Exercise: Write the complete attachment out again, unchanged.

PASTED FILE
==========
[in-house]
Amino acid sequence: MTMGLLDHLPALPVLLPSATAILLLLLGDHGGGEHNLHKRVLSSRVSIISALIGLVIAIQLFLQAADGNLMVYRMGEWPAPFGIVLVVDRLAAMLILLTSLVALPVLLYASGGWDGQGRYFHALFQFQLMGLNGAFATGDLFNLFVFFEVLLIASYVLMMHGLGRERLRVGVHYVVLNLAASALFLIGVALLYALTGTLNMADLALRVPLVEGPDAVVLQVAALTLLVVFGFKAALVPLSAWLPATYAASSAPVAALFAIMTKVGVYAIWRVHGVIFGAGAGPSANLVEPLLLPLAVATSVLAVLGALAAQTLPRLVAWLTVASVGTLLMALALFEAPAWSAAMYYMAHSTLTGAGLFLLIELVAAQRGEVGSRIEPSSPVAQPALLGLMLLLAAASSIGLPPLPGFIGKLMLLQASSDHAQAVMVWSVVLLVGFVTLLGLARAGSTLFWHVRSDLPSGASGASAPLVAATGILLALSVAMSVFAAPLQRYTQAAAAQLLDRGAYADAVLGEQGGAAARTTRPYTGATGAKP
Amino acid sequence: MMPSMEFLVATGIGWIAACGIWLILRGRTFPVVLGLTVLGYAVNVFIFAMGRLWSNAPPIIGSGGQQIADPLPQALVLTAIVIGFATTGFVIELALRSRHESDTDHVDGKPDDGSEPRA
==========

[in-house]
Amino acid sequence: MTMGLLDHLPALPVLLPSATAILLLLLGDHGGGEHNLHKRVLSSRVSIISALIGLVIAIQLFLQAADGNLMVYRMGEWPAPFGIVLVVDRLAAMLILLTSLVALPVLLYASGGWDGQGRYFHALFQFQLMGLNGAFATGDLFNLFVFFEVLLIASYVLMMHGLGRERLRVGVHYVVLNLAASALFLIGVALLYALTGTLNMADLALRVPLVEGPDAVVLQVAALTLLVVFGFKAALVPLSAWLPATYAASSAPVAALFAIMTKVGVYAIWRVHGVIFGAGAGPSANLVEPLLLPLAVATSVLAVLGALAAQTLPRLVAWLTVASVGTLLMALALFEAPAWSAAMYYMAHSTLTGAGLFLLIELVAAQRGEVGSRIEPSSPVAQPALLGLMLLLAAASSIGLPPLPGFIGKLMLLQASSDHAQAVMVWSVVLLVGFVTLLGLARAGSTLFWHVRSDLPSGASGASAPLVAATGILLALSVAMSVFAAPLQRYTQAAAAQLLDRGAYADAVLGEQGGAAARTTRPYTGATGAKP
Amino acid sequence: MMPSMEFLVATGIGWIAACGIWLILRGRTFPVVLGLTVLGYAVNVFIFAMGRLWSNAPPIIGSGGQQIADPLPQALVLTAIVIGFATTGFVIELALRSRHESDTDHVDGKPDDGSEPRA